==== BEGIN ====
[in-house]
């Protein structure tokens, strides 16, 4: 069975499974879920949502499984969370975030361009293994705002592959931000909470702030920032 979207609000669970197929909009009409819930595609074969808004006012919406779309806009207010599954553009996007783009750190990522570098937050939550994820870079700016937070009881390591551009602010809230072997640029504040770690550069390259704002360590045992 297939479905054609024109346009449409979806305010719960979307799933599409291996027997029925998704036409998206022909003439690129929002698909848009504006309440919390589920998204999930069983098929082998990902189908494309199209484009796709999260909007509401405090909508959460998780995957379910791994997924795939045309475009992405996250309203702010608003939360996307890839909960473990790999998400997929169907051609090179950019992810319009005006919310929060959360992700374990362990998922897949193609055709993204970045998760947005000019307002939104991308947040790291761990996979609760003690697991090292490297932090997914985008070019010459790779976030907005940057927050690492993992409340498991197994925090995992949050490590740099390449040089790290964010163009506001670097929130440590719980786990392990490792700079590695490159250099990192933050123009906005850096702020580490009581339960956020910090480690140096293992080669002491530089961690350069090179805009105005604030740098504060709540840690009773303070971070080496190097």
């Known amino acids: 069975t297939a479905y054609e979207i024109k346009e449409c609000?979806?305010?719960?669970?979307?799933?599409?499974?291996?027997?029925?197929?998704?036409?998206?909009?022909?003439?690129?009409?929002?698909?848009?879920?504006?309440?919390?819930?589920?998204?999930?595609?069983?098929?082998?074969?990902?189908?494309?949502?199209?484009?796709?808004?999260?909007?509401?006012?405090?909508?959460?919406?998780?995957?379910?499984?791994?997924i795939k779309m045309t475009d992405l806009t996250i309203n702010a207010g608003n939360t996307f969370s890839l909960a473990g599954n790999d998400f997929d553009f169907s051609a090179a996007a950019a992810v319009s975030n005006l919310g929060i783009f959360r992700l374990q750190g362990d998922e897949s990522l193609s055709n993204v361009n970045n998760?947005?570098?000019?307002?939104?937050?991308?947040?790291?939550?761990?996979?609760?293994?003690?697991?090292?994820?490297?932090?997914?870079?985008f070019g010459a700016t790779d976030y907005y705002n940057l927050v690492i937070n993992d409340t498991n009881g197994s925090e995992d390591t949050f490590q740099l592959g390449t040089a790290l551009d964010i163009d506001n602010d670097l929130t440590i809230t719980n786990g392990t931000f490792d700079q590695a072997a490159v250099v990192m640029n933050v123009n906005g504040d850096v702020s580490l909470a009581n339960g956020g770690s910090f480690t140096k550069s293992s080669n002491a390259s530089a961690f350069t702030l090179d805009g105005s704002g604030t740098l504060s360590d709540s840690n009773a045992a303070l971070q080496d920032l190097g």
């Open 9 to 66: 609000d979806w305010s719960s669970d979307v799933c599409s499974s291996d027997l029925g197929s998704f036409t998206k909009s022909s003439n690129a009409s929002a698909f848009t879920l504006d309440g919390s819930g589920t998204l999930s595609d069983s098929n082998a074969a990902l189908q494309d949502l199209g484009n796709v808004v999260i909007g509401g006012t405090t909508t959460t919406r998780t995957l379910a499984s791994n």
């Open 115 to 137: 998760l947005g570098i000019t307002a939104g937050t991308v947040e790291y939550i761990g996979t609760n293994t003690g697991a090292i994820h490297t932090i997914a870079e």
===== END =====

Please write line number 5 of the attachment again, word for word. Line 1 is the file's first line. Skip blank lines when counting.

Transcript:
């Open 115 to 137: 998760l947005g570098i000019t307002a939104g937050t991308v947040e790291y939550i761990g996979t609760n293994t003690g697991a090292i994820h490297t932090i997914a870079e």